China is considering targeting more Australian exports, including wine and dairy, according to people familiar with the matter, in what would be a dramatic deterioration in ties as the key trading partners spar over the COVID-19 outbreak.
Chinese officials have drawn up a list of potential goods, also including seafood, oatmeal and fruit, that could be subject to stricter quality checks, anti-dumping probes, tariffs or customs delays, sources said, asking not to be identified as the discussions are private.
State media could also encourage consumer boycotts, they said, adding a final decision on the measures had not been made.
Australia, which is the world’s most-China dependent developed economy, has raised Beijing’s ire by calling for an investigation into the origins of the pandemic.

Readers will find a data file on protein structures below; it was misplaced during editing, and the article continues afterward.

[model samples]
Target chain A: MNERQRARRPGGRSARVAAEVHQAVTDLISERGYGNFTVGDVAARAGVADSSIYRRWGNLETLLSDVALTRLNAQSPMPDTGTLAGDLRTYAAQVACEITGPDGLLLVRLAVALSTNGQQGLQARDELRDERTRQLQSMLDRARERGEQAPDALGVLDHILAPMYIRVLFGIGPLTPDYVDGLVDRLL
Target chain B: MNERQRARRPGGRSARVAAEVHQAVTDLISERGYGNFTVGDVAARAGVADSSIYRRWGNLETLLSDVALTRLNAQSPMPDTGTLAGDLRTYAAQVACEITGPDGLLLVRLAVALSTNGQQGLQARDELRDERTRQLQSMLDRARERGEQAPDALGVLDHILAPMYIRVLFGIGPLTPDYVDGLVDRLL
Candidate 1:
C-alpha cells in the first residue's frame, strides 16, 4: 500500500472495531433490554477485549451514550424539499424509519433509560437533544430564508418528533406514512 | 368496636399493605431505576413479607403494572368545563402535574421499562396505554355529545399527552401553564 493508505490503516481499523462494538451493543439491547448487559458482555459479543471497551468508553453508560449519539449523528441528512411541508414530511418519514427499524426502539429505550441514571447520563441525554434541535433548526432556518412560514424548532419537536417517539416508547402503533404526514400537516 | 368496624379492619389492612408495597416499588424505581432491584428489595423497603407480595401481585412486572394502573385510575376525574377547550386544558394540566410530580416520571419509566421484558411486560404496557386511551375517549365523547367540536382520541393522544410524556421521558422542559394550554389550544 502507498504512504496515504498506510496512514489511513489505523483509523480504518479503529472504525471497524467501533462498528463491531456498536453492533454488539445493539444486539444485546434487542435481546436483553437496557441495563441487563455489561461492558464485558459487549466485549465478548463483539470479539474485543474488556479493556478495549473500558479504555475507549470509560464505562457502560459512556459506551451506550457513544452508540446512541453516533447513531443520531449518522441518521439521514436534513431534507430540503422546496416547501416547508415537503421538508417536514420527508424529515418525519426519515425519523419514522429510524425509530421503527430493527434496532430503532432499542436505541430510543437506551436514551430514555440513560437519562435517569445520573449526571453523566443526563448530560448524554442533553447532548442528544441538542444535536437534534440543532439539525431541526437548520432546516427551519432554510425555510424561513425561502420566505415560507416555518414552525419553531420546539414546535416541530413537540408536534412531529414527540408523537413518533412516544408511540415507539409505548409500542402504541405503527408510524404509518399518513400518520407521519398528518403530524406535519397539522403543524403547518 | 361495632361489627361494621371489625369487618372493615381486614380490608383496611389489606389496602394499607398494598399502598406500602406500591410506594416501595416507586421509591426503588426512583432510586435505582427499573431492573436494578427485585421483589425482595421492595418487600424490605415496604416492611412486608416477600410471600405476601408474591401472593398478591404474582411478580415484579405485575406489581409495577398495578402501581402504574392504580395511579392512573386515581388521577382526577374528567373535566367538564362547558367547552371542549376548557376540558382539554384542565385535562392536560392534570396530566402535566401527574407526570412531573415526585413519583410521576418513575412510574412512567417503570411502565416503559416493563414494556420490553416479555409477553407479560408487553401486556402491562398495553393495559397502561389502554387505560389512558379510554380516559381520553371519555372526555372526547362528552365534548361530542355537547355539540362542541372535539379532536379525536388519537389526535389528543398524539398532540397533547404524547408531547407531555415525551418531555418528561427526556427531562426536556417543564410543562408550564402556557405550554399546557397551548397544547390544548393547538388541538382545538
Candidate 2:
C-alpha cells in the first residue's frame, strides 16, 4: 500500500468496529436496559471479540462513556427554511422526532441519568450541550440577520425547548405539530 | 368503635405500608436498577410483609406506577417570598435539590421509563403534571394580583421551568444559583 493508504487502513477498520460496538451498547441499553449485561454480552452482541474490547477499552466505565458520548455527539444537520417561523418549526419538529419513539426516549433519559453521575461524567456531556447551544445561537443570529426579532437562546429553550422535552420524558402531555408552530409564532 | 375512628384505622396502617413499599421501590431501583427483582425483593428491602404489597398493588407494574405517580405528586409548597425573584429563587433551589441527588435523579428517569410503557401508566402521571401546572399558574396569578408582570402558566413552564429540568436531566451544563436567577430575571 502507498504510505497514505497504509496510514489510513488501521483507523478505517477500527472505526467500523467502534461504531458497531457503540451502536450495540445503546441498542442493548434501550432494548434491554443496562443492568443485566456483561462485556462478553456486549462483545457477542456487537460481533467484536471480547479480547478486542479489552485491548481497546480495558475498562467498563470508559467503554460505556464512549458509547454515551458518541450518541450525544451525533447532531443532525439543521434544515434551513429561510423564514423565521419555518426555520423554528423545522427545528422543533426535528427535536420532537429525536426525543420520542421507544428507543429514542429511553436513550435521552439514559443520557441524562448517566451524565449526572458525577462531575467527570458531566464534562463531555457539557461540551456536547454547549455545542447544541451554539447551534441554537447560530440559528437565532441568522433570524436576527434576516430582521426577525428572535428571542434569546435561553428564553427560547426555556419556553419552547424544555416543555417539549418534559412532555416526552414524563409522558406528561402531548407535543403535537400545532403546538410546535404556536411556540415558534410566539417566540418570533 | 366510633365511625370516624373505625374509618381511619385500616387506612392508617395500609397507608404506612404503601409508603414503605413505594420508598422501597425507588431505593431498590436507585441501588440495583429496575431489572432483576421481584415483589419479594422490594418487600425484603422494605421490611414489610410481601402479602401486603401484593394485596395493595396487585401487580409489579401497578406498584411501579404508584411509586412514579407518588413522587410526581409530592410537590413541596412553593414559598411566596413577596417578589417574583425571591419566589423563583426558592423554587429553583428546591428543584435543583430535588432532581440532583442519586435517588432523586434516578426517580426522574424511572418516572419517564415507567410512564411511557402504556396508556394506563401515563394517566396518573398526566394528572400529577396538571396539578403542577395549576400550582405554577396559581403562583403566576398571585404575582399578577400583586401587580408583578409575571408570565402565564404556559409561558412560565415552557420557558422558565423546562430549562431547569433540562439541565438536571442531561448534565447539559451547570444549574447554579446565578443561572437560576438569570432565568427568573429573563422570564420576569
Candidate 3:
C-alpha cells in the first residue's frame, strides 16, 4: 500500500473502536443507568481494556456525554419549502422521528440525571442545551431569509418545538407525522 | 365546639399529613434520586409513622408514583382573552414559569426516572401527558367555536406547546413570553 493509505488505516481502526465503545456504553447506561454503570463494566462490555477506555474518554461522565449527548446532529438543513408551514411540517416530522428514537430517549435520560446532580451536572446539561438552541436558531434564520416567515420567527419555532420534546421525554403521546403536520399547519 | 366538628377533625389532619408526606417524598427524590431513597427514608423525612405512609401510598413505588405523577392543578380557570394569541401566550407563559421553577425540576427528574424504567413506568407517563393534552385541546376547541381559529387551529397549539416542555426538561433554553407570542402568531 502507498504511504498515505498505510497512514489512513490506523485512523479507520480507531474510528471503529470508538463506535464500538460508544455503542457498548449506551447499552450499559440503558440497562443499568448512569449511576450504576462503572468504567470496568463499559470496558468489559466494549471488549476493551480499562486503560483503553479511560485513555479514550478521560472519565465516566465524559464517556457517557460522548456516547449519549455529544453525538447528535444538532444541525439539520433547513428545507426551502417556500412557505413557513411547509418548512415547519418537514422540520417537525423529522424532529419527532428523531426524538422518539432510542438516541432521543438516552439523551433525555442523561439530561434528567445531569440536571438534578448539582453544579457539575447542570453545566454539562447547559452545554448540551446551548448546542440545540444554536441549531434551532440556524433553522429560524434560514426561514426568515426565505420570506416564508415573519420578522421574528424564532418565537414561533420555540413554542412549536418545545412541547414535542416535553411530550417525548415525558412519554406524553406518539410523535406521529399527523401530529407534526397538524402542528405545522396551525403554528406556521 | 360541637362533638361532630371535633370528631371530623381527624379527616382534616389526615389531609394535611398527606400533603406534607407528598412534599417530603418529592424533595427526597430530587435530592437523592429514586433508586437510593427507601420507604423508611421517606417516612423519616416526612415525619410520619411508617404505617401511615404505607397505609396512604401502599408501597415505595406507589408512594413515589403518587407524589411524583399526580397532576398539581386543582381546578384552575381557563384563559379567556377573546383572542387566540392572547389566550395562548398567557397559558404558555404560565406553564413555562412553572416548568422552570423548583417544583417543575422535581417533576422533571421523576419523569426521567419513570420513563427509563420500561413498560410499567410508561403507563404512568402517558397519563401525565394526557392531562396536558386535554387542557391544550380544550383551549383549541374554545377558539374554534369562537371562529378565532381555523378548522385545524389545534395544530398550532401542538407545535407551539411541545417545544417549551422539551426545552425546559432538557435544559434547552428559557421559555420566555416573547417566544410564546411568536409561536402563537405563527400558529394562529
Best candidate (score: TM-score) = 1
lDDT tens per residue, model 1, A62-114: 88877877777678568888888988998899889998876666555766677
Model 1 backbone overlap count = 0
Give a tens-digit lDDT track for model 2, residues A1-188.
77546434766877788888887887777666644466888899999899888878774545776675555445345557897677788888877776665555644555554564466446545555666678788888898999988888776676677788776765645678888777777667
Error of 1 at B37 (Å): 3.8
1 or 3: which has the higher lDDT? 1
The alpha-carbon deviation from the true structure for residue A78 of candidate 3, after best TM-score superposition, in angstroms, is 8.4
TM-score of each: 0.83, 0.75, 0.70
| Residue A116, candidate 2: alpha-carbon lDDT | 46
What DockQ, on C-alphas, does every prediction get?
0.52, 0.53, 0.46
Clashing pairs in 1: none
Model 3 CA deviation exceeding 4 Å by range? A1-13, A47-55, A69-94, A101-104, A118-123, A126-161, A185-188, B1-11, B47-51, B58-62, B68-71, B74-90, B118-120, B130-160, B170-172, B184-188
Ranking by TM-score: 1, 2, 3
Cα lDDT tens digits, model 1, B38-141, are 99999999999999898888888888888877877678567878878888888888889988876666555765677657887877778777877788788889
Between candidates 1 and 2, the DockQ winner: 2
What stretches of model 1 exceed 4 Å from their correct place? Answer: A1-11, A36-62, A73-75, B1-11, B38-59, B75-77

The government of Chinese President Xi Jinping (習近平) is sensitive to criticism of its handling of the outbreak and has a track record of using trade as a diplomatic cudgel, with Taiwan, South Korea and Japan all having experienced reprisals.
China has already barred meat imports from four Australian slaughterhouses for “technical” reasons, and on late Monday slapped tariffs of more than 80 percent on Australian barley after a long-running inquiry.
Any additional measures will depend on how Australia addresses China’s objections, sources said, adding Beijing does not intend to publicly acknowledge any link between its trade actions and the calls for a virus probe.
Shares of some Australian companies that export to China sank on Tuesday prospects for more trade disruptions. Shares of A2 Milk Co, which counts on China for about 40 percent of its sales, dropped as much as 3.9 percent, while Treasury Wine Estates Ltd shares pared gains on the news.